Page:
Since its creation, the library has been extended and enlarged seven times, and is now operated by the University of Manchester. The most valuable special collections found in the university library have been moved to John Rylands Library, so as to allow the public greater access to them. The most notable of these artifacts is the earliest discovered manuscript of a New Testament text. The library also contains personal effects of public figures such as Elizabeth Gaskell and John Dalton.

The stunning, ornate Gothic interior of the library has made it a popular tourist attraction in its own right, and the university offers regular tours, allowing visitors to peek behind the scenes of this famous building.
St. Ann's Church

6) St. Ann's Church

Saint Ann’s Church is a Grade I listed, 18th century temple located in front of Saint Ann’s Square, at the heart of Manchester’s shopping district, where the fashionable shopping avenues of New Cathedral Street and Barton Arcade converge. The church was consecrated at this spot in 1712, when Manchester was little more than a rural parish town. Named after Saint Anne, the church’s shortened name is a reference to Lady Ann Bland who was its first patron. The building was redeveloped during the Victorian era, with its red Collyhurst sandstone exterior replaced with harder wearing stone, and stained glass windows installed.

The completion of the church marked the rise of Manchester as an urban centre. Within ten years, Saint Ann’s Square had been laid out in front of the church, based on the fashionable squares found in Bath and London. The church thus became so central to the city’s development that its bell tower is still considered the centre of the city. The benchmark which surveyors used to measure distances to Manchester’s satellite towns can still be seen at the base of the tower. A Church of England place of worship, Saint Ann’s Church welcomes visitors and still holds regular Sunday services.
Royal Exchange Theatre

7) Royal Exchange Theatre

Located on New Cathedral Street in Manchester’s bustling city centre, the Royal Exchange building houses a theatre and shopping arcade. Whilst the building has stood on this site since the late 18th century, it has only been used as a theatre since the 1970s. Built in the Georgian era and upgraded in Victorian times, the Royal Exchange building formed the heart of Manchester’s commercial district, and was the venue for the trading of textiles manufactured in the city’s famous cotton mills. By 1931, the main hall was the largest trading room in the country. The building’s heyday as a trading centre was brought to an abrupt end by the Blitz, when the trading hall was badly damaged. The building was left empty after World War 2.

Facing possible demolition, the Royal Exchange was saved and converted into a theatre and shopping centre. The Royal Exchange Theatre was opened in 1976 by Sir Laurence Olivier. The main theatre space is designed ‘in the round’, meaning that the stage and performers are completely surrounded by the audience. It is the largest theatre in the round in the UK, and hosts up to 350 productions each year. The bulk of the theatre’s schedule is built around stage classics from Shakespeare and Chekhov, although touring foreign theatre groups and musicians play there regularly. The theatre has a box office, contained within the Exchange building.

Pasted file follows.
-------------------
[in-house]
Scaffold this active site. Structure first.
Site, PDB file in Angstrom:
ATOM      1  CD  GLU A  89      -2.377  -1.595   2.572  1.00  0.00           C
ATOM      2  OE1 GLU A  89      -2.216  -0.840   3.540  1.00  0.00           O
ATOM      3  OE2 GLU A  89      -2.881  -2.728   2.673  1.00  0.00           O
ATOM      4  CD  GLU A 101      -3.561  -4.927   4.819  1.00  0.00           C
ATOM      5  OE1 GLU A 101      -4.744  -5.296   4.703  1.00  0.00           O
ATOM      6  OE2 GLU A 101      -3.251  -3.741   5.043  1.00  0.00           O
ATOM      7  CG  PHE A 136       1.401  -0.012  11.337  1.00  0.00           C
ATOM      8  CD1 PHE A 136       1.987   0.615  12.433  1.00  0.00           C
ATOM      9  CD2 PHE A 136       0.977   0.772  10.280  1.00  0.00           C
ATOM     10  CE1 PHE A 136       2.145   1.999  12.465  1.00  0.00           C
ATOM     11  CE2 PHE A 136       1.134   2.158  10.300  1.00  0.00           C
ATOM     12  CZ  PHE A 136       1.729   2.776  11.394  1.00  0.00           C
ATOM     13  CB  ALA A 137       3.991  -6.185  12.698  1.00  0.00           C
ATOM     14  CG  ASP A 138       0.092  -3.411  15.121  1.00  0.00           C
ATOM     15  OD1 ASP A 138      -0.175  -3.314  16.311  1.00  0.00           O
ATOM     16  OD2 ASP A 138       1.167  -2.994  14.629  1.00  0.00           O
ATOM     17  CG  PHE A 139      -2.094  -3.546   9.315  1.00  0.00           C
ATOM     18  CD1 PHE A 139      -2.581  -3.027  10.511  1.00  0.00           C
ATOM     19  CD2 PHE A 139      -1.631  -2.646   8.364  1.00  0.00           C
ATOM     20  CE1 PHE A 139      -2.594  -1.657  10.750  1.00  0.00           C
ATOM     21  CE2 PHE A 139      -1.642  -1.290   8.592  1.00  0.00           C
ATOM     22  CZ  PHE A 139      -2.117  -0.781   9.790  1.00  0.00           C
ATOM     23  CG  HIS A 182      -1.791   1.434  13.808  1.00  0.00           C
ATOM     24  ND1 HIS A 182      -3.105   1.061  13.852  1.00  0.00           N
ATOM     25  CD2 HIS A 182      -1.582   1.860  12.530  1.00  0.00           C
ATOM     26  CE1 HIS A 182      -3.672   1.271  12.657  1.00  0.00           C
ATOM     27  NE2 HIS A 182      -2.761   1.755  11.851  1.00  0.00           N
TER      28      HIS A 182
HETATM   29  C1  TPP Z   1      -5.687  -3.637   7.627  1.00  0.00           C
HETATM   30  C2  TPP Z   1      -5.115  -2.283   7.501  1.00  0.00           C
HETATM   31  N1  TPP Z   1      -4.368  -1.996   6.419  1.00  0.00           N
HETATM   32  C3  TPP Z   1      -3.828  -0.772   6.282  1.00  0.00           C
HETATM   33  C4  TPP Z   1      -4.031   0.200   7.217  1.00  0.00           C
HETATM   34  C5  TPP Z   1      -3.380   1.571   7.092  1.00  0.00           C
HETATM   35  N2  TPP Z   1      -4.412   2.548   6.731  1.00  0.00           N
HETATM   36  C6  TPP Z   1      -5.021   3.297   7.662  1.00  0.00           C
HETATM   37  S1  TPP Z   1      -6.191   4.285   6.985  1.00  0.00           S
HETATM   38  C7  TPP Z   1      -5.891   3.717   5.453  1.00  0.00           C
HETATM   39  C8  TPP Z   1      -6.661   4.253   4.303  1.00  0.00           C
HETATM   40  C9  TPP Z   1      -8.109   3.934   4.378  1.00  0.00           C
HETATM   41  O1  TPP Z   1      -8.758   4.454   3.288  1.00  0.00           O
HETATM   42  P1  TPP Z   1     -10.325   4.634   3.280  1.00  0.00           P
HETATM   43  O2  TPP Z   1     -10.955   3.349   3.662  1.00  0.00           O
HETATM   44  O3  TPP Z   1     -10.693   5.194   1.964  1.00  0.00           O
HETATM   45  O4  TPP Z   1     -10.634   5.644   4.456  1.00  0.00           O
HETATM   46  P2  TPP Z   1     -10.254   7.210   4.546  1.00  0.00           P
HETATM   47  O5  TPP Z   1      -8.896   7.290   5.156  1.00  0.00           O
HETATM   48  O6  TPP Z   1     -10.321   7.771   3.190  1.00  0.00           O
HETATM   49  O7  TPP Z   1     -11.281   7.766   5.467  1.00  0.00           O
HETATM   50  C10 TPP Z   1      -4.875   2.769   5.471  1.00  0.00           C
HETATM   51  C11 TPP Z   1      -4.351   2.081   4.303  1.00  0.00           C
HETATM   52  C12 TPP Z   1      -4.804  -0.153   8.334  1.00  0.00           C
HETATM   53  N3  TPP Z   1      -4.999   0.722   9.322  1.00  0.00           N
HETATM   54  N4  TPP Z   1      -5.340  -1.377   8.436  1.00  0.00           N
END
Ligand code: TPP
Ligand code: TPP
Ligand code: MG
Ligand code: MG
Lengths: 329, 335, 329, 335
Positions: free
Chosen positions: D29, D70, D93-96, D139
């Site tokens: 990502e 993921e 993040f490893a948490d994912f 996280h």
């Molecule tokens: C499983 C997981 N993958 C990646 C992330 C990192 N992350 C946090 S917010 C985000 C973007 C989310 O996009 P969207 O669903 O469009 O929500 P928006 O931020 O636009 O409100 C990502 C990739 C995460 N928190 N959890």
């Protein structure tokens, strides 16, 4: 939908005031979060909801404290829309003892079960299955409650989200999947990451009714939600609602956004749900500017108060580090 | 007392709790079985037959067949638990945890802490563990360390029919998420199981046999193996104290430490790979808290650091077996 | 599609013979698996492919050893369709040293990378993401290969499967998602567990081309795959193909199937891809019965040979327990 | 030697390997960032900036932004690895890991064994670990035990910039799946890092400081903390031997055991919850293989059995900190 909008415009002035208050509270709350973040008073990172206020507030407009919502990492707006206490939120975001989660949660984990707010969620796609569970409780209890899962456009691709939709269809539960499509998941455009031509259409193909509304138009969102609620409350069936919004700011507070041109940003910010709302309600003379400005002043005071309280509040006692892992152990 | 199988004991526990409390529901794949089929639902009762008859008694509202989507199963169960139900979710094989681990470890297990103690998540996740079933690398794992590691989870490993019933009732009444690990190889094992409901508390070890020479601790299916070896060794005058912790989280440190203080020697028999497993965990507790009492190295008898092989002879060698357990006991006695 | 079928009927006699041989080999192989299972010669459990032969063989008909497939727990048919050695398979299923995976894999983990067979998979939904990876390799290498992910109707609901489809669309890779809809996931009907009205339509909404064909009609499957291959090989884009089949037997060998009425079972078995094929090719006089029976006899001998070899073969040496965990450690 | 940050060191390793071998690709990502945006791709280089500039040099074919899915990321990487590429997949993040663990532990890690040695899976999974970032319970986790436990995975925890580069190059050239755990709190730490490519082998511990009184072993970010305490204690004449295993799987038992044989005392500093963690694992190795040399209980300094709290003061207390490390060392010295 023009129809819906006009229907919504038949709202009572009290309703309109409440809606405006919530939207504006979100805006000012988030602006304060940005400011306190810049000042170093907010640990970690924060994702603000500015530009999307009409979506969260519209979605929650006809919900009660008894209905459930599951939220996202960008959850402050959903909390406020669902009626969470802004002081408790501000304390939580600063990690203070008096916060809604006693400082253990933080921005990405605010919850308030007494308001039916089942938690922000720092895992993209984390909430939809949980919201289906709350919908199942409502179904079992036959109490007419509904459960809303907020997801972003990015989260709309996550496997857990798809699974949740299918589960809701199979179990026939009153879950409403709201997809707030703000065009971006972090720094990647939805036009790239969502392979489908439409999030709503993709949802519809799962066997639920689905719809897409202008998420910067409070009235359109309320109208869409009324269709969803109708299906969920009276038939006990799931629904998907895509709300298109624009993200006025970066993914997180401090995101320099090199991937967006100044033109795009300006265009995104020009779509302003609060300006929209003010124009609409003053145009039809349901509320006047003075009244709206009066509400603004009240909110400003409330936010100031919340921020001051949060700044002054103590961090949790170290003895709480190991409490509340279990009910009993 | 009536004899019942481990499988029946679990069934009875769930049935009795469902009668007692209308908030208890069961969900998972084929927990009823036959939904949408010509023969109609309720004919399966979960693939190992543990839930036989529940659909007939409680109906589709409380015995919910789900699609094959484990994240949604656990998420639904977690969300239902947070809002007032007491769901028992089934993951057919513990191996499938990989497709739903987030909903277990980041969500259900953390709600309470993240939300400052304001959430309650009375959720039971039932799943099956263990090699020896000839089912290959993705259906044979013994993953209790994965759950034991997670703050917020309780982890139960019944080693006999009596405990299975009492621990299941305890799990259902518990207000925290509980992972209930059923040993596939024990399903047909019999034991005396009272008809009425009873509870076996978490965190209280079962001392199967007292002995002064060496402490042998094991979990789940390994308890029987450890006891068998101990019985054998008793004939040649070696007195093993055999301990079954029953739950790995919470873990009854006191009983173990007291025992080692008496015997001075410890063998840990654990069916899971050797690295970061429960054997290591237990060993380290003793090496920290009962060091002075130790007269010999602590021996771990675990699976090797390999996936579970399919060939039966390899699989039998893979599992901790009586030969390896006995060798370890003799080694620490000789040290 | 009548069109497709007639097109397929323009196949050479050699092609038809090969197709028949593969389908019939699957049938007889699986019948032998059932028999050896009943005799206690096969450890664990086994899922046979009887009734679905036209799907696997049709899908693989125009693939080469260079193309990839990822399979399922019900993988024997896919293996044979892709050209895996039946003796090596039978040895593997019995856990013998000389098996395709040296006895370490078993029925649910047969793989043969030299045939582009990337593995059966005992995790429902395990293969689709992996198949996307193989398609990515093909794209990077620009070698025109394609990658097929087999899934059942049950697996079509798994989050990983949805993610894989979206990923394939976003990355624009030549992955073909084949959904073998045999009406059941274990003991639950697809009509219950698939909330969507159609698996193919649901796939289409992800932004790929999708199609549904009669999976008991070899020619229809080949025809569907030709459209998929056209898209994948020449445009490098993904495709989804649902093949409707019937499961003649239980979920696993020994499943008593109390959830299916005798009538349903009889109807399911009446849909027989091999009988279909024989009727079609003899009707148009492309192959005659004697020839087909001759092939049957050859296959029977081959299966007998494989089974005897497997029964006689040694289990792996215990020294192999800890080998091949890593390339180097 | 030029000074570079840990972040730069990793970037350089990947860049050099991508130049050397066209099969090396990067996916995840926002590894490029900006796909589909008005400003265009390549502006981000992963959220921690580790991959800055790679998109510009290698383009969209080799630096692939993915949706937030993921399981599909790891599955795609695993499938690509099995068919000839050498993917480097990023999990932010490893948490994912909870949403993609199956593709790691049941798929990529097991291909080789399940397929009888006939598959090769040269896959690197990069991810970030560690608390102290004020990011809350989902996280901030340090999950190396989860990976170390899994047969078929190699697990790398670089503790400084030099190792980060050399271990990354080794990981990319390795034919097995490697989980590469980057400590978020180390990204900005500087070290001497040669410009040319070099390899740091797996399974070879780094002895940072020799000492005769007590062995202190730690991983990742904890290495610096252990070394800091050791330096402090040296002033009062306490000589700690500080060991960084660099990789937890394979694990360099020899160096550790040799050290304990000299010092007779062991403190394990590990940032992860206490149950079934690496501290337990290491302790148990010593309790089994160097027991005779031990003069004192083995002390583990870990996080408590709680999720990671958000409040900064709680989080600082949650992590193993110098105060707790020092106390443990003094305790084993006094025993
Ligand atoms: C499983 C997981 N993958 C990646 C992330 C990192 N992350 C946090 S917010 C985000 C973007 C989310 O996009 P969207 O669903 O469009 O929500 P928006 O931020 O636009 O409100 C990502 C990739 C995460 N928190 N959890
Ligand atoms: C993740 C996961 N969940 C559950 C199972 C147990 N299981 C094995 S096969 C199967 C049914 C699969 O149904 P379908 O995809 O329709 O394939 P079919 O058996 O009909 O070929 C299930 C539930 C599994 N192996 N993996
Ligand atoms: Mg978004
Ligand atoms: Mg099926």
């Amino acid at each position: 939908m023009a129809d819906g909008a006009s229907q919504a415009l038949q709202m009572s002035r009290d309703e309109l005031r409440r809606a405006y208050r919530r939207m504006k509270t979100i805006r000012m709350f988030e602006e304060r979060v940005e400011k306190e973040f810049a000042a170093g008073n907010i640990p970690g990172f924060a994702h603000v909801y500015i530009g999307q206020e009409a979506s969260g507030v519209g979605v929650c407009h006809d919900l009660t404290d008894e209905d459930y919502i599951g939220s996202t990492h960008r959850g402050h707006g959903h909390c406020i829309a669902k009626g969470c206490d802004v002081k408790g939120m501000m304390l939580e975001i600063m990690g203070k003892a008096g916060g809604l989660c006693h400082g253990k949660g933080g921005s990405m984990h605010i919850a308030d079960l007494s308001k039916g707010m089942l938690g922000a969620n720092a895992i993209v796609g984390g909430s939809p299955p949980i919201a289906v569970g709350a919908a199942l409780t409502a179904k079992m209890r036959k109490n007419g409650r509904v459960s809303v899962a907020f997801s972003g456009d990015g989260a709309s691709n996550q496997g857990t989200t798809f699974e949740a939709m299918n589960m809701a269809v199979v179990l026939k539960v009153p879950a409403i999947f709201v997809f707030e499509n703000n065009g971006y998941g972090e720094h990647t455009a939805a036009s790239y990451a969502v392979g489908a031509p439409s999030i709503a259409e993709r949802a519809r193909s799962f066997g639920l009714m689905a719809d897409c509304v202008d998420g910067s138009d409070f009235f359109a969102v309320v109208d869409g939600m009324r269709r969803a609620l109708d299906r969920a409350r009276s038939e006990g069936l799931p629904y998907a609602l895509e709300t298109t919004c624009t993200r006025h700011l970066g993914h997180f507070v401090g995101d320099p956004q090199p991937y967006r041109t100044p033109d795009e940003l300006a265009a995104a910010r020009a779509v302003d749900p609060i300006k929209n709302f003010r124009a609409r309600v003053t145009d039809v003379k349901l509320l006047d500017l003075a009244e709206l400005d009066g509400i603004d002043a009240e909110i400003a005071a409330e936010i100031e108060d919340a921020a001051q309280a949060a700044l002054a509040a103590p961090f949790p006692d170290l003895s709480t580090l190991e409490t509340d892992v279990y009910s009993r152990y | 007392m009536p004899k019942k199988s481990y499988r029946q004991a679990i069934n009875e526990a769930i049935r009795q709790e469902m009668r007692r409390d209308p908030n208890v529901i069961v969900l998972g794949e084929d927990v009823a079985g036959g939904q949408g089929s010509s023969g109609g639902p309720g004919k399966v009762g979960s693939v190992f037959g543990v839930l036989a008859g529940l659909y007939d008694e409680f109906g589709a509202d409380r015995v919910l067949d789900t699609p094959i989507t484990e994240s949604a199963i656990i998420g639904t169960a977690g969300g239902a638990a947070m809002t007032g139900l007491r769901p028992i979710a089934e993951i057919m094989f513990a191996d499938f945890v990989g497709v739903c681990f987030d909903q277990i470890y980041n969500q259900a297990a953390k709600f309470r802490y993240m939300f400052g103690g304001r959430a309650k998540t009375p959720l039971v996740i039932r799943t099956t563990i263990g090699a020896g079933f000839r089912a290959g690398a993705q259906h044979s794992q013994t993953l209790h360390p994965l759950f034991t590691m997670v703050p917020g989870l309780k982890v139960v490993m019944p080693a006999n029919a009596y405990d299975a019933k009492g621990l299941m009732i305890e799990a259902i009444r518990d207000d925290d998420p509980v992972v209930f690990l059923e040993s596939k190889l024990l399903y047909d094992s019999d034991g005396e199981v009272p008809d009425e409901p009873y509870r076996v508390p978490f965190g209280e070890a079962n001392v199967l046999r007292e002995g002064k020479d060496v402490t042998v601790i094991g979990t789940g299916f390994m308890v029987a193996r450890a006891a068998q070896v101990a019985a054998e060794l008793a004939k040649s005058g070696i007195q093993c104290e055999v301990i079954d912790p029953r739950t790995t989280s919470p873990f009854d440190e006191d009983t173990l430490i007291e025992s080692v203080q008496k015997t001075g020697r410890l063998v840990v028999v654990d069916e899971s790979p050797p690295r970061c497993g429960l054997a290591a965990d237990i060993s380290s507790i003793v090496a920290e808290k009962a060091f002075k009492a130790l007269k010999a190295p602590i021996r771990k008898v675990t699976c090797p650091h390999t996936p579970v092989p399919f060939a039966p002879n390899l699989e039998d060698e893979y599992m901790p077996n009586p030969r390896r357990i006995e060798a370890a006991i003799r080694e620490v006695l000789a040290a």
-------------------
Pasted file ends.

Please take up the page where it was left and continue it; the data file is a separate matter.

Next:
New Cathedral Street

8) New Cathedral Street

New Cathedral Street is a modern, pedestrianised shopping street in the heart of central Manchester, close to Deansgate and halfway between the city’s two main train stations, Victoria and Piccadilly. While the street is a relatively modern addition, it has been built around two of Manchester’s most famous landmarks – the Royal Exchange theatre and arcade in the centre of the street, and Saint Ann’s Church at the street’s southern end. As the name suggests, New Cathedral Street leads towards Manchester Cathedral, at the north end.

New Cathedral Street was built following major regeneration works in the downtown area, carried out after the infamous 1996 IRA bombing of Manchester’s city centre. New Cathedral Street is Manchester’s premier shopping destination, home to a number of boutique department stores, many of which are flagship stores for the North of England. The emergence of the street as a shopping hotspot has boosted Manchester’s reputation as a fashionable destination to visit. Established brands like Selfridge's and Marks & Spencer have their stores here alongside a host of designer names and outlets which have also taken up residence in New Cathedral Street. Among these are Harvey Nichols, Ted Baker, Hugo Boss, Burberry and Lacoste, to name but a few.
Manchester Cathedral

9) Manchester Cathedral (must see)

Manchester Cathedral, located in Manchester holds the formal name Cathedral and Collegiate Church of Saint Mary, Saint Denys, and Saint George. This historic edifice serves as the mother church of the Anglican Diocese of Manchester, the seat of the Bishop of Manchester, and acts as the city's parish church. Positioned on Victoria Street in the heart of Manchester city center, the cathedral is recognized as a Grade I listed building, denoting its significance and heritage.